Mrs. Bgddy and I took our tandem out last evening.
We went out with a plan though… It was time to start working on actually working together. Every tandem couple we’ve talked to has said that the keys to enjoying a tandem are efficiency and working together. One breeds the other but I don’t know which is the chicken and which is the egg… let alone which came first.
Before we left I swapped saddles with my Trek. I’ve got almost 30,000 miles on Specialized Romin saddles and the Selle Italia X1 that came on the tandem wasn’t getting it.
We started easy but quickly ramped up the speed to an easy 19-1/2 mph. Speed wasn’t the agenda though. Efficiency and working together was. We went through what it felt like when I was putting the power on and when I was soft pedaling to make my wife work. Then we worked on matching power. Finally we got to a real trouble spot.
My wife, it turns out, is a masher. I once was too, before I saw the light (and it was a while coming, I’m not blaming my wife) but now that I know how to use the gears efficiently, to push a lighter gear faster, trying to go back to mashing sucks. So I showed my wife how I like to spin up an easier gear so the transition to an up shift is smooth and easy. It seemed like she really took to it as well, once she got to feel the difference.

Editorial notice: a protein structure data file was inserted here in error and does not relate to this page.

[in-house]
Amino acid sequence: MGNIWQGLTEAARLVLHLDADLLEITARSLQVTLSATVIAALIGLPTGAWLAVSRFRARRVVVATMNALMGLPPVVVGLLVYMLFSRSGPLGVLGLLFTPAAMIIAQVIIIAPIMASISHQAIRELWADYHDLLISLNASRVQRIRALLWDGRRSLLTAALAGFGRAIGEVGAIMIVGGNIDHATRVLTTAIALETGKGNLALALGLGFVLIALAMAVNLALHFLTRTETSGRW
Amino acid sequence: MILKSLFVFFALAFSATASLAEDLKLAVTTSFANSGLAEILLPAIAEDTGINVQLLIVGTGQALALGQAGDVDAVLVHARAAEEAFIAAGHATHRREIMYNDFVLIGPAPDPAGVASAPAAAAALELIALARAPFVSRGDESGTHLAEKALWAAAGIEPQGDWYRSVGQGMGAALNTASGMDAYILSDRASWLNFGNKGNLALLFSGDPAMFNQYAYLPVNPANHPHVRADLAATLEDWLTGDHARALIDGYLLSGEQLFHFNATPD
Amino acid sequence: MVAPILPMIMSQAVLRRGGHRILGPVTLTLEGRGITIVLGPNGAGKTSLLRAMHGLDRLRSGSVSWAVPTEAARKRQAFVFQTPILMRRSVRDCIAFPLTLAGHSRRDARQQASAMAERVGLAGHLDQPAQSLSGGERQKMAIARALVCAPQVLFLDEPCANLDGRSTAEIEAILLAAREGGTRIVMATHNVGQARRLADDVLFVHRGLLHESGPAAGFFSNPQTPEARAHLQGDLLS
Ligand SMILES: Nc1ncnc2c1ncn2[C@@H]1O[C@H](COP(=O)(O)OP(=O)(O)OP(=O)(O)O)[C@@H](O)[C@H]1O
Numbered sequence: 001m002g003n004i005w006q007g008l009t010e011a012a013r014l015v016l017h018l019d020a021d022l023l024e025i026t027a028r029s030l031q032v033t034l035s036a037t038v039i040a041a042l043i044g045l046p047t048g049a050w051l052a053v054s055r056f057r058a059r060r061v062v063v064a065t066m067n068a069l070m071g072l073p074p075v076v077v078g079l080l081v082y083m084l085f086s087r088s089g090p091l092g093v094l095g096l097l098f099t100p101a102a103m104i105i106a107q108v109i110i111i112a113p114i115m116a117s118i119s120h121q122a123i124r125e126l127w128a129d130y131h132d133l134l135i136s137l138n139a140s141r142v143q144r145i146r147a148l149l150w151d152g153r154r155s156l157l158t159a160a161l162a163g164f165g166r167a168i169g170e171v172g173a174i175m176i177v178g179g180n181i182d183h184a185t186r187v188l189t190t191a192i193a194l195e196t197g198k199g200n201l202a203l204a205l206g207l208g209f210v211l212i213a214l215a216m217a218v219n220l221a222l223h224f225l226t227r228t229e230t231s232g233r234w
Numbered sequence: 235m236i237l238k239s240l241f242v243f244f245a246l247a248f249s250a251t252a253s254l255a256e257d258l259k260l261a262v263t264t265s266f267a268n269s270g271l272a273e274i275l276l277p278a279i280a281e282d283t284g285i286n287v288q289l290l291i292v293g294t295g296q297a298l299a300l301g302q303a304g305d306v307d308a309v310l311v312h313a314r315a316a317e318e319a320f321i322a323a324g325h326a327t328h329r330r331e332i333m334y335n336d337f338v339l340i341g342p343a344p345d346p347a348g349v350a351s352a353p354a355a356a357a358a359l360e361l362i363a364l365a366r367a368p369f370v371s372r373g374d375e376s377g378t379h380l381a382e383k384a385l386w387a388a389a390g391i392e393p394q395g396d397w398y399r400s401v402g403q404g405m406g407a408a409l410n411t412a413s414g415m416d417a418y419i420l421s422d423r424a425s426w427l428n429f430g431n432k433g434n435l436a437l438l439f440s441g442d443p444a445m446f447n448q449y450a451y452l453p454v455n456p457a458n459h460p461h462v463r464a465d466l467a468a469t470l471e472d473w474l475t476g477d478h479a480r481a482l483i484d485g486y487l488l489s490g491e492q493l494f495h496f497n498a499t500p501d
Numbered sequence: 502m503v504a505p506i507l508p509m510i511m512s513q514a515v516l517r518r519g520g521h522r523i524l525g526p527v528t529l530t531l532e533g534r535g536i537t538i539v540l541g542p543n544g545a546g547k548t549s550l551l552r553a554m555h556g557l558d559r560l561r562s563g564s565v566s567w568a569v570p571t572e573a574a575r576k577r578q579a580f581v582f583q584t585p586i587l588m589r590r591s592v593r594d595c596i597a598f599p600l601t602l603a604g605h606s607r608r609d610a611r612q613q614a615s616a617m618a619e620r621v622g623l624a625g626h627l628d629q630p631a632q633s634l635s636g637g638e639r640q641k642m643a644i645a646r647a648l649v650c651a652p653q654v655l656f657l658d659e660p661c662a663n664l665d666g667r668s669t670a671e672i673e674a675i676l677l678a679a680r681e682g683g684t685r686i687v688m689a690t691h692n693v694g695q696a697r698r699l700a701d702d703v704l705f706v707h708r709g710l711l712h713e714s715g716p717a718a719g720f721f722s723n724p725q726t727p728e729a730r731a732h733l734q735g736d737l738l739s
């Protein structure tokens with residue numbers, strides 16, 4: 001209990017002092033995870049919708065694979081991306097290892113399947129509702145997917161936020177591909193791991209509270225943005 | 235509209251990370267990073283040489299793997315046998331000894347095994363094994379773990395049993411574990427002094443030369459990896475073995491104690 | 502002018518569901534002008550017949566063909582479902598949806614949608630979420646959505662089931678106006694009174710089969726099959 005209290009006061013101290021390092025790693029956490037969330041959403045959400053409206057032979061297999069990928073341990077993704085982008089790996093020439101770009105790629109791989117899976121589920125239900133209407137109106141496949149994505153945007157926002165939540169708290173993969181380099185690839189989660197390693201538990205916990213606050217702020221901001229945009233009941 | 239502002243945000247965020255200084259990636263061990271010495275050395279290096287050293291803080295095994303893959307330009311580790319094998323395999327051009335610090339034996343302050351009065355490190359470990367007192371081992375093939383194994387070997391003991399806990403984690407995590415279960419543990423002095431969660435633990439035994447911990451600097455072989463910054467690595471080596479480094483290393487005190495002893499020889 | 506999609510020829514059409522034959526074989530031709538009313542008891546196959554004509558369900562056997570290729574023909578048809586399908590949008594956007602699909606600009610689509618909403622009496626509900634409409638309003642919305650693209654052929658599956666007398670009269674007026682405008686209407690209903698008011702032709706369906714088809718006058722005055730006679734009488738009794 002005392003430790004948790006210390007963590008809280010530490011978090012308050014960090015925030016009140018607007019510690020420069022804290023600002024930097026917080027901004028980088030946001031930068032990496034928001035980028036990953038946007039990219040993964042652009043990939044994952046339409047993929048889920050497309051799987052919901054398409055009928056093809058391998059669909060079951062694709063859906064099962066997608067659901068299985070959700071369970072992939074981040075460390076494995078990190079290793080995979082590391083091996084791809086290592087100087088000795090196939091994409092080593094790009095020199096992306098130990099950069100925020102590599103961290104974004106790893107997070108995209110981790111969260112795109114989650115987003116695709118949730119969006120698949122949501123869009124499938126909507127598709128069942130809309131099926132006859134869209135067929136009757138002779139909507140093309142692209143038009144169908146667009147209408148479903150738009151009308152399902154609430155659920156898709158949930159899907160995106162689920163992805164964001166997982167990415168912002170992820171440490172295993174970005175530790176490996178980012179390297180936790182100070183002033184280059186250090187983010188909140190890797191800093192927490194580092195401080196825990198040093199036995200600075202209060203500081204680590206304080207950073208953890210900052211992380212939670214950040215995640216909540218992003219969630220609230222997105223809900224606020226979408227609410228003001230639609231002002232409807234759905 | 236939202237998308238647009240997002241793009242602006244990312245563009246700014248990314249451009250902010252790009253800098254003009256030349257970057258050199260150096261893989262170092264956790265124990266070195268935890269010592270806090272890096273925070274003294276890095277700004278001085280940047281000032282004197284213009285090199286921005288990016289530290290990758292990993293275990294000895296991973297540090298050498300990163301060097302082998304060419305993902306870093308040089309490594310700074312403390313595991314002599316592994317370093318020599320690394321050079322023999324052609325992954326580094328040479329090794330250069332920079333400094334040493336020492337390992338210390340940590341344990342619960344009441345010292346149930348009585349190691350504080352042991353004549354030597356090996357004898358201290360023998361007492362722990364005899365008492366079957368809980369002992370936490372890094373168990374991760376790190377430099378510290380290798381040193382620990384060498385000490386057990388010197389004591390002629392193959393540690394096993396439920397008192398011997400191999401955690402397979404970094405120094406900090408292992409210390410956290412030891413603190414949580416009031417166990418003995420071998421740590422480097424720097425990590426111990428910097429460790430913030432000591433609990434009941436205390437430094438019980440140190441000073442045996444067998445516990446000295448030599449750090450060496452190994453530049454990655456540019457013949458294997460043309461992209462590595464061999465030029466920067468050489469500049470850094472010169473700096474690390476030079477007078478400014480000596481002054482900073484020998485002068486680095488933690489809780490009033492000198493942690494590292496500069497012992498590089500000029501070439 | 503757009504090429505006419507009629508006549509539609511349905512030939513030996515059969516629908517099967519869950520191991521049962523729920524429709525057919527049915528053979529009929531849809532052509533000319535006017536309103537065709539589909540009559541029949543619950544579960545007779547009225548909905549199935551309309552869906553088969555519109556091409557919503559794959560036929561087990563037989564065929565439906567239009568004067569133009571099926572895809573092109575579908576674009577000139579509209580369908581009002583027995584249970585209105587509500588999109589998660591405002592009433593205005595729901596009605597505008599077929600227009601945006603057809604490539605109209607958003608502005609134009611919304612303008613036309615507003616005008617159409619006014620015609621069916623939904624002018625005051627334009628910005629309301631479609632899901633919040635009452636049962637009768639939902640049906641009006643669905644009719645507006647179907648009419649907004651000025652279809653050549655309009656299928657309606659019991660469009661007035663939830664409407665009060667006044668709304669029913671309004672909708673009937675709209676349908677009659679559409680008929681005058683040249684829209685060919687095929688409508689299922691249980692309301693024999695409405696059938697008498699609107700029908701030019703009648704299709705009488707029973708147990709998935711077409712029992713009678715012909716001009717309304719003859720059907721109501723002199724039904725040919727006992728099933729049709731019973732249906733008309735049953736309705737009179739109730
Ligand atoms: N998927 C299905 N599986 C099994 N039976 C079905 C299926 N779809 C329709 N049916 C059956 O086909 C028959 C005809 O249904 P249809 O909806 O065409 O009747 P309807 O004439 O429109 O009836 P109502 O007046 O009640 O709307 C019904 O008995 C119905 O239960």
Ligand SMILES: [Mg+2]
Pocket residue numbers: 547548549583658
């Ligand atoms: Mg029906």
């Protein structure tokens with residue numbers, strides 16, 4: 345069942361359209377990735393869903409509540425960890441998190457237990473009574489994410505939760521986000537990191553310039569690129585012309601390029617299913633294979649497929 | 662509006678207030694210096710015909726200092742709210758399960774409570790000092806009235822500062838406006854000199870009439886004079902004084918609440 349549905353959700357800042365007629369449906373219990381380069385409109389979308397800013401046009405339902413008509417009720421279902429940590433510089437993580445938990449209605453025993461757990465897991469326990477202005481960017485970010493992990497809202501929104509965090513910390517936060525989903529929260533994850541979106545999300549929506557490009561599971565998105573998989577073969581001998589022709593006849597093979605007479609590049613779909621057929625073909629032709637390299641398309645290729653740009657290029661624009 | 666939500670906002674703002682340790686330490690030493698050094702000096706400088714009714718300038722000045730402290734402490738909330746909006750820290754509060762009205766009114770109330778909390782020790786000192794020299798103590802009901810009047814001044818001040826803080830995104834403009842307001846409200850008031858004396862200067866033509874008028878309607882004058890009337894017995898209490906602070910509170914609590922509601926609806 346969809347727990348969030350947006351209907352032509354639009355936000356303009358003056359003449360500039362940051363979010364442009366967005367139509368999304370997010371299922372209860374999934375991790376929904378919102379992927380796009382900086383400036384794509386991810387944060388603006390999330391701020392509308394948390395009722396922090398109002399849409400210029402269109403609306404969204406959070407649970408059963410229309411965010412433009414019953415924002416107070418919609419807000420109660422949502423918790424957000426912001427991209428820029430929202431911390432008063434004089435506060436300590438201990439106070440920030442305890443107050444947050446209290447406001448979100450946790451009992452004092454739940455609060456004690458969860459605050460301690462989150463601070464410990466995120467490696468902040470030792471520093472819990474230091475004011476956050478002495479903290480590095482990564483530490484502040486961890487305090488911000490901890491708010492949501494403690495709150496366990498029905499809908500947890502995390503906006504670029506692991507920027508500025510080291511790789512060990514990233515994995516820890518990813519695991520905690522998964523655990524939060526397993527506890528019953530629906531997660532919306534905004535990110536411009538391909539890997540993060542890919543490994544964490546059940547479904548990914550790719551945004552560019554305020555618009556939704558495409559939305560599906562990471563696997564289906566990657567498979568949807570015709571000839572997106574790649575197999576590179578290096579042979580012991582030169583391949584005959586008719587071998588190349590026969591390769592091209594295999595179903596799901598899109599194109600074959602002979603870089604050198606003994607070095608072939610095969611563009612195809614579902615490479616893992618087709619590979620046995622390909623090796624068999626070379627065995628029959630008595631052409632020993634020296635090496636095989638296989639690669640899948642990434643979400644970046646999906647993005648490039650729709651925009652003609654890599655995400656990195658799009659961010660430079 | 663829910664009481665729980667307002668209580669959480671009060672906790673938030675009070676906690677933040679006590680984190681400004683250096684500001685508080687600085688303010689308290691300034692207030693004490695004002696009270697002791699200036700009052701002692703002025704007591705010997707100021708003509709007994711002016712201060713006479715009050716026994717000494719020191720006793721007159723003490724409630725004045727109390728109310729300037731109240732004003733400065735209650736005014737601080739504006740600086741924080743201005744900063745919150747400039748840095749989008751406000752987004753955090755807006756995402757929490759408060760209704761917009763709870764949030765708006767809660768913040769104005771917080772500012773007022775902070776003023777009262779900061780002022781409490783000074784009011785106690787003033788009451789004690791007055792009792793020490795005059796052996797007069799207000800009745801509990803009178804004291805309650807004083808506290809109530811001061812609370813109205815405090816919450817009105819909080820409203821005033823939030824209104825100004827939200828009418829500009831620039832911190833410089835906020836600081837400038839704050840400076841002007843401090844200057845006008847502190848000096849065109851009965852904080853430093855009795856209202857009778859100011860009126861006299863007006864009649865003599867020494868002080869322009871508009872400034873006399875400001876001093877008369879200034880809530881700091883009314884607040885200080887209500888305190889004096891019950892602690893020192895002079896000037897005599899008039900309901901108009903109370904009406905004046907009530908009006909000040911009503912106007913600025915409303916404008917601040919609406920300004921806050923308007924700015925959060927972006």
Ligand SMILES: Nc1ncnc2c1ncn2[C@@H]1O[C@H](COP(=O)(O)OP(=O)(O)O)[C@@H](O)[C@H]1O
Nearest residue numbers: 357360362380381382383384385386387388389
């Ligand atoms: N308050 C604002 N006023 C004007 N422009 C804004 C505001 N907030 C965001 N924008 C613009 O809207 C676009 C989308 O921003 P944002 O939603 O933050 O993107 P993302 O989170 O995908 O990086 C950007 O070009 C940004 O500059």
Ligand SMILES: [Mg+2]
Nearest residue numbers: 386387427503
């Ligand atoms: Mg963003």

Funny moment of the night: My wife asked me why it is that I get to pick the cadence.
Surprisingly, we did find an excellent compromise that we can both live with and works (I didn’t expect this). I simply shift about a second earlier than I normally would when we’re spinning up to a higher a gear. It’s not enough that I can’t muscle through it in one pedal stroke and it’s slightly before my wife starts bouncing in her saddle to keep up.
We stopped once to adjust saddle heights, once to check the front brake that started grinding (long story, took 10 minutes to fix it when we got back).
Throughout the ride we did one thing that we’d failed to do in that last several miles. We talked about everything that we were doing – and more important, what we were going to do. Communication is key and sadly, one of the few flaws of becoming competent on a solo bike first, you never have to constantly communicate with another cyclist about riding… You simply do it.
Anyway, when it was all said and done, even with several stops, extra caution at intersections, and wobbles along the way, we pulled into the driveway with an 18.3 mph average. I would have been happy with 15 or 16… All things considered, yesterday’s ride was MUCH more fruitful than I anticipated it would be.
Once we get this locked down, we’re going to fly.
P.S. The title is a tad misleading. There was no pandemonium. It just sounded cool in my head when I thought of it.